"I think the pressure will keep building on her," said Robert Borosage, the president of the Campaign for America's Future, standing out among the brightly T-shirted protesters in a black suit. He just fretted that she would not make a statement until it was too late to make a difference. "She could go either way. She helped put it together as Secretary of State. As senator, she said she was skeptical of these kinds of trade deals because she'd seen the damage they'd wreaked on upstate New York."
Hillary simply couldn't be trusted, and there might be no alternative but to trust her. Fighting the administration openly was the only way to get the trade deal into political coverage, into a 2016 discussion dominated by intra-Republican battling. The labor and progressive movements had been on a full-court press against the TPP. They were openly mocking the White House's efforts at preventing a dispute by dividing the left. "They're desperate to find a crack," CWA's Larry Cohen said last week, "but they won't find one."
Instead, the left was utilizing the press's natural instinct to cover a conflict and a presidential race. "We must stop entering into bad trade deals—bad trade deals like the Trans-PacificPartnership—that hurt middle class wages and ship middle class jobs overseas," said former Maryland Governor Martin O'Malley last week, in a speech at Harvard University. "We certainly shouldn’t be fast tracking failed deals. Chasing cheaper labor abroad will not help us build a stronger economy here at home." In subsequent interviews, O'Malley kept working the theme.
Yet elsewhere on the left, O'Malley was covered like a phony. The Intercept's Lee Fang recovered video from 2013, when the then-governor insisted that "free trade, provided it’s fair—and that’s always the rub—is a net benefit for us." Sanders was more credible, but most of the "professional left" organizing was still focused on getting Warren to run for president.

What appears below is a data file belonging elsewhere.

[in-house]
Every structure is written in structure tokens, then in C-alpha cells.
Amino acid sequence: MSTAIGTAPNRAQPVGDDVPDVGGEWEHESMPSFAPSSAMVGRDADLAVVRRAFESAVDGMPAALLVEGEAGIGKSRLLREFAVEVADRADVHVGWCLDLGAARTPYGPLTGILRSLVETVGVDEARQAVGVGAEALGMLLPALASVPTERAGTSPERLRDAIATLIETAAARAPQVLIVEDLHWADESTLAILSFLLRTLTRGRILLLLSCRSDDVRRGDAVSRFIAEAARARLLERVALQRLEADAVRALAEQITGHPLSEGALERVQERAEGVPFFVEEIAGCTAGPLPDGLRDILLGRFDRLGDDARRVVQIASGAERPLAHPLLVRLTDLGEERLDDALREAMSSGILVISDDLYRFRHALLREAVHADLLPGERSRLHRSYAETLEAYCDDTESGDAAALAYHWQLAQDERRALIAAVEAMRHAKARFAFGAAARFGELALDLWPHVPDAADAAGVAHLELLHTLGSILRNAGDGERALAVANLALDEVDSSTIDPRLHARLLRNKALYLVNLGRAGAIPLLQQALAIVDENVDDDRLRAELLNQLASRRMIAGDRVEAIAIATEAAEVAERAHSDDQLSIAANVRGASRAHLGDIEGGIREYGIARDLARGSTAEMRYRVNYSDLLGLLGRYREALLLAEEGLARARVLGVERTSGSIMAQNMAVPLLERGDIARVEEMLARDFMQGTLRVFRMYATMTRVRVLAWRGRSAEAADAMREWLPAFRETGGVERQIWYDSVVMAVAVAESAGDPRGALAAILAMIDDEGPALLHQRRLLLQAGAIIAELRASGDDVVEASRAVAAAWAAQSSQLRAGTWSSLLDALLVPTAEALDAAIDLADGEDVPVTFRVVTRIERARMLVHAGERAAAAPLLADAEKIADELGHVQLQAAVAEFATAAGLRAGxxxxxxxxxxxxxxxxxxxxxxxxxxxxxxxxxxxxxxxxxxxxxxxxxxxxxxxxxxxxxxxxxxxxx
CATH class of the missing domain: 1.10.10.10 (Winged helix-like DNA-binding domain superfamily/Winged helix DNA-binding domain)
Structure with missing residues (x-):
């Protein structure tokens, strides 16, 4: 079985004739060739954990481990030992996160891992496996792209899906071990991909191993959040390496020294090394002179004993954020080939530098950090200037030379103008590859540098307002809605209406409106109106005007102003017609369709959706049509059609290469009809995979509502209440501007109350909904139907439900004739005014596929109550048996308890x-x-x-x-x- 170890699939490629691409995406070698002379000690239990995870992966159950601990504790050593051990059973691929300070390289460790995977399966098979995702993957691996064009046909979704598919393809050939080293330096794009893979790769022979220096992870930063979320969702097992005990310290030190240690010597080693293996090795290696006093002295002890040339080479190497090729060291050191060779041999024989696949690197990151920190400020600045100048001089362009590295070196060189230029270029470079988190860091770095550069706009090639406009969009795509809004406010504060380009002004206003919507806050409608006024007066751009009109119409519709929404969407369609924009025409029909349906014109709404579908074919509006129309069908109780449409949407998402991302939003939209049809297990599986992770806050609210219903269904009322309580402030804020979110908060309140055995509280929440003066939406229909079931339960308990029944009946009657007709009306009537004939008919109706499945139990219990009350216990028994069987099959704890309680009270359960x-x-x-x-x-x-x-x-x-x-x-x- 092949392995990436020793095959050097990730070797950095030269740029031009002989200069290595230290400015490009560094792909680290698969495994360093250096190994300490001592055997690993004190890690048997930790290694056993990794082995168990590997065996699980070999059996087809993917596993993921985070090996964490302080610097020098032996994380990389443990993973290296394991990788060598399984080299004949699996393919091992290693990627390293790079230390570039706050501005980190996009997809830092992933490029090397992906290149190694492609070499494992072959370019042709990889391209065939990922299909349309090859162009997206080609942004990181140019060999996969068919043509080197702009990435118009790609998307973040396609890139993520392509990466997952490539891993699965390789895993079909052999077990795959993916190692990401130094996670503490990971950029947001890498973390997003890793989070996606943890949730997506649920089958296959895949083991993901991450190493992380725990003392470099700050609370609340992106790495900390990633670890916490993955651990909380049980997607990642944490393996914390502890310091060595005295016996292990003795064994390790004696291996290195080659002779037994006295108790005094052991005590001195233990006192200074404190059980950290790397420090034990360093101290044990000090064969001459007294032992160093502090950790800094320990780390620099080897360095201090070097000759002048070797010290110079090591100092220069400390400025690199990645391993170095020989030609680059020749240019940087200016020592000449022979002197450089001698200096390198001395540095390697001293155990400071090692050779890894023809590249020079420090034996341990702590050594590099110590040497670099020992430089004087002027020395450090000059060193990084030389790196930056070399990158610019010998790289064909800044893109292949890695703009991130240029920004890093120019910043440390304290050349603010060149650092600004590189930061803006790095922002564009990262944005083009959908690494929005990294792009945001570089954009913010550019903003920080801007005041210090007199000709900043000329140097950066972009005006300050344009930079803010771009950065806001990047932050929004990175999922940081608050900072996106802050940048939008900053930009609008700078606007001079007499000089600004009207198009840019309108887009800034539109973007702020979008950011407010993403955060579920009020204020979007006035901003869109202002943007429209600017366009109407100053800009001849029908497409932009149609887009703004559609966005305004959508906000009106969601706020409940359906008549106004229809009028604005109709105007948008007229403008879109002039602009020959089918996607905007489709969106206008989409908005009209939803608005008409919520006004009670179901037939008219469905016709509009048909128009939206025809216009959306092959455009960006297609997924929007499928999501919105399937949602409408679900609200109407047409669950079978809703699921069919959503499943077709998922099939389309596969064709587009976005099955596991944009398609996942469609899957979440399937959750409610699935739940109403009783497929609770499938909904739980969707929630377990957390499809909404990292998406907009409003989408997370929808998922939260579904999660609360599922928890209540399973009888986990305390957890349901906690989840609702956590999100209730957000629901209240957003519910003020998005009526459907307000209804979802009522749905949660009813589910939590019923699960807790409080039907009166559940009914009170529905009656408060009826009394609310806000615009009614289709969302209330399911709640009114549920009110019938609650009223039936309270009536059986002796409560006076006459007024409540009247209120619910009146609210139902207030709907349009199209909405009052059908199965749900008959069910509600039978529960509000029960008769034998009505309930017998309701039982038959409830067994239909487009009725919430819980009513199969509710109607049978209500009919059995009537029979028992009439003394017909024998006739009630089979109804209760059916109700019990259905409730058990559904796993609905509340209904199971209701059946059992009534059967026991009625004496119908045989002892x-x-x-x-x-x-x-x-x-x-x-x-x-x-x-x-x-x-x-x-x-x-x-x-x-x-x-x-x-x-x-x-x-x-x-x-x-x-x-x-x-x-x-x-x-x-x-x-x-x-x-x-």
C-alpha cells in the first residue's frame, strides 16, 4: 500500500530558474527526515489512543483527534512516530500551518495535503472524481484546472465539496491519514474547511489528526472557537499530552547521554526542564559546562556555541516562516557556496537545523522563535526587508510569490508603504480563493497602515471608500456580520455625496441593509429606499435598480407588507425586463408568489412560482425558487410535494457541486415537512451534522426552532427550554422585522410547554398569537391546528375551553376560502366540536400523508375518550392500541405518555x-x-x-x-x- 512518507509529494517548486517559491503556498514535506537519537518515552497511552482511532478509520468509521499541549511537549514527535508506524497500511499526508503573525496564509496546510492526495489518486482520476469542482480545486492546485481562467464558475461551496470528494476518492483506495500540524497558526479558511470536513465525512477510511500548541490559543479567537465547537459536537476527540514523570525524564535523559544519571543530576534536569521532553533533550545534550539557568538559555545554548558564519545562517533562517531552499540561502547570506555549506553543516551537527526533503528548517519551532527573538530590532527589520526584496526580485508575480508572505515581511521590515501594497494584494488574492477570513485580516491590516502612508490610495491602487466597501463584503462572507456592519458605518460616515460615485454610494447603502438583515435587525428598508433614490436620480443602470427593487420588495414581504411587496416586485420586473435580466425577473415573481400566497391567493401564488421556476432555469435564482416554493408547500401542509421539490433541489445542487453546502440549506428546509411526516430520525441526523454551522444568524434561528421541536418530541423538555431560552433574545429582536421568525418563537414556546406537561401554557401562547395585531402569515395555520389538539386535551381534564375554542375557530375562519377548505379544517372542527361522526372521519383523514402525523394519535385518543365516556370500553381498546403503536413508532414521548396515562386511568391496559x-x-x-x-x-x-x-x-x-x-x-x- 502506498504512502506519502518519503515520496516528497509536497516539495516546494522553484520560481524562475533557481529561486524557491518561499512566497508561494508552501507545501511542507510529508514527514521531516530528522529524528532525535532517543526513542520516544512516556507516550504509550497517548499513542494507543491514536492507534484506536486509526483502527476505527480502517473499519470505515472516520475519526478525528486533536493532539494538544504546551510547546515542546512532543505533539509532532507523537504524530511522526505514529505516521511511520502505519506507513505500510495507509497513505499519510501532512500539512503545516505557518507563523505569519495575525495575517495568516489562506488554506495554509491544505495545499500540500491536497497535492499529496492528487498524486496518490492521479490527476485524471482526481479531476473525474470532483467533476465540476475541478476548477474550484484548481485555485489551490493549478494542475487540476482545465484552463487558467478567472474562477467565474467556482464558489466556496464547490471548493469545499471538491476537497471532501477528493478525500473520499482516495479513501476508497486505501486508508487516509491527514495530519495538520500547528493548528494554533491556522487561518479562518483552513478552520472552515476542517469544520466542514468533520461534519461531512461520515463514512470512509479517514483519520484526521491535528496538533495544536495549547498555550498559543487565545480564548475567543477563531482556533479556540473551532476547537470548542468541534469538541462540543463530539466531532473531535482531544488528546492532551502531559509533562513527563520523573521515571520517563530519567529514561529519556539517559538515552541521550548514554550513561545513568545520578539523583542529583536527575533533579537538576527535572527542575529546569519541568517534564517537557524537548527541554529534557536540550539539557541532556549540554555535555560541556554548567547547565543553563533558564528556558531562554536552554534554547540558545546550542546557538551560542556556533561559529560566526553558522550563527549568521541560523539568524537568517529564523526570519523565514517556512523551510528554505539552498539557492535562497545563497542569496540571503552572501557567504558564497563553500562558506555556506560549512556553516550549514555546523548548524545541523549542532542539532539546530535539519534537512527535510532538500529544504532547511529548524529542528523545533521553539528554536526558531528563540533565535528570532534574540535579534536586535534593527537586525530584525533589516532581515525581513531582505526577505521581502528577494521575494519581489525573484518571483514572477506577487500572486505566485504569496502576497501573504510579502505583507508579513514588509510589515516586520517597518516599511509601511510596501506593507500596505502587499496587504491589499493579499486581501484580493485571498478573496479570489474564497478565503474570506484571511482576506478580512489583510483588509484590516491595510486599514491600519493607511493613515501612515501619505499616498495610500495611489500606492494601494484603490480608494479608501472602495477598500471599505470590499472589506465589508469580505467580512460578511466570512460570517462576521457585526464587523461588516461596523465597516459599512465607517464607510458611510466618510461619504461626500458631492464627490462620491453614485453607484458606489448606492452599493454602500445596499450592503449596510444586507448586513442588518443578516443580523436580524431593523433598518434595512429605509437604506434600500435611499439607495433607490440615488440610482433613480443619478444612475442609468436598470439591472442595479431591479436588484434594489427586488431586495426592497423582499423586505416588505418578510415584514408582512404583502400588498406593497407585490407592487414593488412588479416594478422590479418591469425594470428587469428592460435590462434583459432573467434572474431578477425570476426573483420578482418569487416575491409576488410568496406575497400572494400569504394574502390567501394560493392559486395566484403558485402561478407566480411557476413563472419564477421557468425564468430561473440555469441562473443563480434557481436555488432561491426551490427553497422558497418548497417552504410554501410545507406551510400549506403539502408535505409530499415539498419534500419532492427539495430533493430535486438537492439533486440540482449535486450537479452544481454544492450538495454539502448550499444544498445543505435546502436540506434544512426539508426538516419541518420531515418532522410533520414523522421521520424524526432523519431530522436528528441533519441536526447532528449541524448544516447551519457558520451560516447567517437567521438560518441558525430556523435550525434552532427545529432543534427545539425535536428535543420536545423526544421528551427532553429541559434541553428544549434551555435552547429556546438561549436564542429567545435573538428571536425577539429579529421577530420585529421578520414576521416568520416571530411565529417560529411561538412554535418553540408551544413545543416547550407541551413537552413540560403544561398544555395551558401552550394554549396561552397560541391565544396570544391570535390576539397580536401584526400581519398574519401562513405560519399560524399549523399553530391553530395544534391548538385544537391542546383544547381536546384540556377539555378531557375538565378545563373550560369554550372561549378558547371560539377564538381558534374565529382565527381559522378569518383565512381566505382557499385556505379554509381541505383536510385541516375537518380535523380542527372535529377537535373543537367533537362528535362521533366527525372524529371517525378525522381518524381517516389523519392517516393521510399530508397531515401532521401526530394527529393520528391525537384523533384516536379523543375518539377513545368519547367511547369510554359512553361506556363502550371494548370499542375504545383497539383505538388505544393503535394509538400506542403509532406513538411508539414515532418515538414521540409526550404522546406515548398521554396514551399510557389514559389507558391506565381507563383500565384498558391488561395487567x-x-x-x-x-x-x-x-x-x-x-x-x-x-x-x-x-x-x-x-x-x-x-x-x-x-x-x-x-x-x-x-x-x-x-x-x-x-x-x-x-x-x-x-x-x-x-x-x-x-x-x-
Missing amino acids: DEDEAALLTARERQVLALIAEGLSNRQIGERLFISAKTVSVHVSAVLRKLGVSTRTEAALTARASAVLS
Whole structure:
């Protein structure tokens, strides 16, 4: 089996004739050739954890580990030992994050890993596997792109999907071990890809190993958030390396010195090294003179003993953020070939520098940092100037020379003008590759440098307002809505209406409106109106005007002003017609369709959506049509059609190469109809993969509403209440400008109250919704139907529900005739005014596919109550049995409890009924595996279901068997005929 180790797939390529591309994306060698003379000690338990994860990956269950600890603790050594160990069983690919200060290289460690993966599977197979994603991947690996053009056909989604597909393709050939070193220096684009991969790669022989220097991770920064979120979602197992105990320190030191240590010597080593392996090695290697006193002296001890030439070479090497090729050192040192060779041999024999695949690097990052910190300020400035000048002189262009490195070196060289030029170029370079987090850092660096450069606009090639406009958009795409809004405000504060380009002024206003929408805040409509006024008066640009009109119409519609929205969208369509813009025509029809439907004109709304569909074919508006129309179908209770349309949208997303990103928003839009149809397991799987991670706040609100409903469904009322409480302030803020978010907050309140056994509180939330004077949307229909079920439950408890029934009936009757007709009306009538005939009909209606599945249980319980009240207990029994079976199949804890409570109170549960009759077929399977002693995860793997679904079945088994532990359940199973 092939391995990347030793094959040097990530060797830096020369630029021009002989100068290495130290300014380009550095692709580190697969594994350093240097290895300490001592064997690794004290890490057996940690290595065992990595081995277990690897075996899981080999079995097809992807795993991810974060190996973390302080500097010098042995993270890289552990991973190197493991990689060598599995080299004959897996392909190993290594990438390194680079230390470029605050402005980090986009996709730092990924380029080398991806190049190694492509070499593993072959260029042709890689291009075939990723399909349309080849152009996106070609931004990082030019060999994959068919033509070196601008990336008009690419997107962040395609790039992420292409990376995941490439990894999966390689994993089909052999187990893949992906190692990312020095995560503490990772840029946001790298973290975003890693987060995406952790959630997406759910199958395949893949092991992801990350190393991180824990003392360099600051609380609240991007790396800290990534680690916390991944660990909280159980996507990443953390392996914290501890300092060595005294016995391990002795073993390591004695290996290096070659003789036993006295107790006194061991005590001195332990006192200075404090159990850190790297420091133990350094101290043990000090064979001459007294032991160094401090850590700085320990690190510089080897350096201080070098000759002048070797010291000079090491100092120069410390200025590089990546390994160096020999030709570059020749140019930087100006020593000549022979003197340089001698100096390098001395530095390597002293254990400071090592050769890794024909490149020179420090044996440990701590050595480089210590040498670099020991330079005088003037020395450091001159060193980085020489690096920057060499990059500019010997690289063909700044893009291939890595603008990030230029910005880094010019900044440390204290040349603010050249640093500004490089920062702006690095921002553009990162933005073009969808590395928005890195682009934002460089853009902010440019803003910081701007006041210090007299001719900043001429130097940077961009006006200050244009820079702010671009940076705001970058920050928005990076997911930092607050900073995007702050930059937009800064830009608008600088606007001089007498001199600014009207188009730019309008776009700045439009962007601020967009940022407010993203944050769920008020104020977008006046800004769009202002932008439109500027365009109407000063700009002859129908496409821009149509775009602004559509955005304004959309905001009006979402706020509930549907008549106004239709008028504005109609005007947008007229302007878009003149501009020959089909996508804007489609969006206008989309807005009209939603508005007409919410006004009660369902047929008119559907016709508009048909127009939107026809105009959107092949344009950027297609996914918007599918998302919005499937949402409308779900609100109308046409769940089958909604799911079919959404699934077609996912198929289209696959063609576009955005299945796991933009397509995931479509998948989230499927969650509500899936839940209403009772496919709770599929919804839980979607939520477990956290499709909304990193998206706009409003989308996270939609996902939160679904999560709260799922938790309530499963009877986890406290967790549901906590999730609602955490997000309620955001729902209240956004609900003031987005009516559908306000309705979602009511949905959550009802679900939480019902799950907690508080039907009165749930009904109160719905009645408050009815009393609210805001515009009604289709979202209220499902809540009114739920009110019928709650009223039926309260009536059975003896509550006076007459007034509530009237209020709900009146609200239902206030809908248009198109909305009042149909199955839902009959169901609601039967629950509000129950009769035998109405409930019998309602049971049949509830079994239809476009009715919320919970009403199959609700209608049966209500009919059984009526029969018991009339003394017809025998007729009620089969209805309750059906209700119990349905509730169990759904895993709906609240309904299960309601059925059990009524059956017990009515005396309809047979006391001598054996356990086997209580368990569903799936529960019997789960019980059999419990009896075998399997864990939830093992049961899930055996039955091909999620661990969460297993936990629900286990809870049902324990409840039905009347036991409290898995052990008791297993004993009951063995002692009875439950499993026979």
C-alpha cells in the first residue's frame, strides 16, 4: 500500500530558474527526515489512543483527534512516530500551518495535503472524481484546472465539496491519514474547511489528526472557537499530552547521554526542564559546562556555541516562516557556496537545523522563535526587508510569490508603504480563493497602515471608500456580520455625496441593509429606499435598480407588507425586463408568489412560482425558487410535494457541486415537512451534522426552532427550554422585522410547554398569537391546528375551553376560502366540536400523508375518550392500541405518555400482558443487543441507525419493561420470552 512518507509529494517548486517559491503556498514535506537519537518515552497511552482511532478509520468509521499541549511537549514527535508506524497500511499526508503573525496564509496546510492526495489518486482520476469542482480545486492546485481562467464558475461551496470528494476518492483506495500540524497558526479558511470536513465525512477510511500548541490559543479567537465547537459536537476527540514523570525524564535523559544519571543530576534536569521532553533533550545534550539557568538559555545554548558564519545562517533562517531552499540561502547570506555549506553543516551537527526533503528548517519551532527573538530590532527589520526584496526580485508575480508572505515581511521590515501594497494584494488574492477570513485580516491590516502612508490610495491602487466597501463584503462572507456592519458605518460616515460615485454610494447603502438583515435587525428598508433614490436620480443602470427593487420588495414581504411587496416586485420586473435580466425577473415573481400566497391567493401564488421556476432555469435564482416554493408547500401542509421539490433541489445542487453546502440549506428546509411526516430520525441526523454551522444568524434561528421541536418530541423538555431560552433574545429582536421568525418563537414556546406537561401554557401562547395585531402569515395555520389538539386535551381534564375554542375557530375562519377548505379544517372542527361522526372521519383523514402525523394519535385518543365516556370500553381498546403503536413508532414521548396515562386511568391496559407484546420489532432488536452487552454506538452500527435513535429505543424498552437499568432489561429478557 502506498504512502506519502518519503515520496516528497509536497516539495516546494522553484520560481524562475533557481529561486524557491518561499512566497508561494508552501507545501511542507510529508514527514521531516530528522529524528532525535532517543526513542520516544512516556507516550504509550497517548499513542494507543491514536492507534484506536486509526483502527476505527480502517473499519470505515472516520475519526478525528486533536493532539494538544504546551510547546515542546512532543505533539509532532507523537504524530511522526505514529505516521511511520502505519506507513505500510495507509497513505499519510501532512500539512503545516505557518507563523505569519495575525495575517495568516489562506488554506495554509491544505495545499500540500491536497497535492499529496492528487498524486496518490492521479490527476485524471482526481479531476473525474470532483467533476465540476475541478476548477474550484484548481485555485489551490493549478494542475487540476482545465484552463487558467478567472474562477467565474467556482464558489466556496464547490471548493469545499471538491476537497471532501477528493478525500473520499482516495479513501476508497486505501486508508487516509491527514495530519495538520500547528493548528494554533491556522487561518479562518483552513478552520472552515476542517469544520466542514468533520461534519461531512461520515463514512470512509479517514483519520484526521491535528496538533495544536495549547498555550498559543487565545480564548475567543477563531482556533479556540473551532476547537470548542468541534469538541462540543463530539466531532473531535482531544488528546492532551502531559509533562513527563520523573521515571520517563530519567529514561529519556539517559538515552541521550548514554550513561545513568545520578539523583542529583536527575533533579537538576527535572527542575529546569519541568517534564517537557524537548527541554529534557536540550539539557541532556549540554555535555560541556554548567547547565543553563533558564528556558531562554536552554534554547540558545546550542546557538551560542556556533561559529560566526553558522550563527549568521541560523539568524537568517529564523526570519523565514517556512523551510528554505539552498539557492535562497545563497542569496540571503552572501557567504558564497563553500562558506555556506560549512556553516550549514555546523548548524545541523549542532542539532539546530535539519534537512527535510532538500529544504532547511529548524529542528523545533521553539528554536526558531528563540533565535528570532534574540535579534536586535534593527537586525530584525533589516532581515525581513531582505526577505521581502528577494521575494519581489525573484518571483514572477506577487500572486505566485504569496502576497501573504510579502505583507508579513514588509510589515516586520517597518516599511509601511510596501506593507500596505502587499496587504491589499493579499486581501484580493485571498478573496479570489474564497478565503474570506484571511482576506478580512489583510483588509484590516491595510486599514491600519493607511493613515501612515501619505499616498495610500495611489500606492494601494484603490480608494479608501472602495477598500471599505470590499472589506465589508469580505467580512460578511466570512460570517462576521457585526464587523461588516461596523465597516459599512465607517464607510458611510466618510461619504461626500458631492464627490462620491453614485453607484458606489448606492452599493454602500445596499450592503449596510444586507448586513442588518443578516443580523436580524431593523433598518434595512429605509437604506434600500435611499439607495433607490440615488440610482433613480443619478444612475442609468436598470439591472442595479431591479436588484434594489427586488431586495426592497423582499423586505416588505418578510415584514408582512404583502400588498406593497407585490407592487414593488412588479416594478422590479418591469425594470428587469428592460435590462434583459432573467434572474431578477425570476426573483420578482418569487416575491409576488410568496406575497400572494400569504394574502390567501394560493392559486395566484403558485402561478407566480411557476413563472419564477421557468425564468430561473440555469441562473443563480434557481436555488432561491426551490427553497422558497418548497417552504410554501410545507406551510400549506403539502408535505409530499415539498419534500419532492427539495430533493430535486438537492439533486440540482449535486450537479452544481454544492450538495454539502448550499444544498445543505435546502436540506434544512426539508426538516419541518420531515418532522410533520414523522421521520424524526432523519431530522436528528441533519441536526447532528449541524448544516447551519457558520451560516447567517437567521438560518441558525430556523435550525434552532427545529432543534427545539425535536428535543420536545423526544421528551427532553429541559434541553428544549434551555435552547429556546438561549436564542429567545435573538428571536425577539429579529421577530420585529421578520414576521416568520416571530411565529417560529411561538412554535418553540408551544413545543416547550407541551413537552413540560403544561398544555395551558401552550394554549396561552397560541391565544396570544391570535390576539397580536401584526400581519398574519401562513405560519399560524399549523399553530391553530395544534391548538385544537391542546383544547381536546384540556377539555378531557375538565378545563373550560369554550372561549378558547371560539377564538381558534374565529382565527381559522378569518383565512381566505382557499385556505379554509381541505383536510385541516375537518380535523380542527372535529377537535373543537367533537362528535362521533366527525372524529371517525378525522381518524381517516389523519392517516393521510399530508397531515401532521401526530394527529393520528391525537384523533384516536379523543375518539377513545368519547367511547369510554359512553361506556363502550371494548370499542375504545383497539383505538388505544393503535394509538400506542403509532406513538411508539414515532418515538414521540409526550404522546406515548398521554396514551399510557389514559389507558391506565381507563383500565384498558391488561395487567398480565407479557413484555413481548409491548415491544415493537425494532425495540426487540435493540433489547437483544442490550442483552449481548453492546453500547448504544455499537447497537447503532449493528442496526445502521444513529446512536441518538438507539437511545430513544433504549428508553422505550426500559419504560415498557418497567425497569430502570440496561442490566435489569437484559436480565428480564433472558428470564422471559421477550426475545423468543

On Monday evening, the campaign to draft Warren organized a rally in New York City where Harvard professor and anti-corruption advocate Larry Lessig called on Warren to challenge Hillary. He was preceded by Van Jones, an organizer turned CNN pundit who asked the crowd to "just imagine her in the debates." Lessig expanded his previous praise for Warren into a case for her to run and "citizen equality" to become the issue of 2016. Still, he had a caveat: "to be pro-Warren is not to be anti-Clinton."
Ironically, Clinton might be more open to the critique this week than usual. She was spending Monday and Tuesday in New Hampshire, at staged public events where she would nonetheless take questions. The media was chasing whatever revelations might be in Peter Schweizer's upcoming Clinton Cash, a look at the foreign donations to the former president and first lady's charity which conservatives hope will find a linkage between the money and the decisions made when Hillary Clinton was secretary of state.
"I worry more about the large frame New Democratic politics which she and her husband championed than I do about the transactional stuff," said Borosage. "In some ways, the transactional stuff with the foundation is an expression of the former—not the other way around."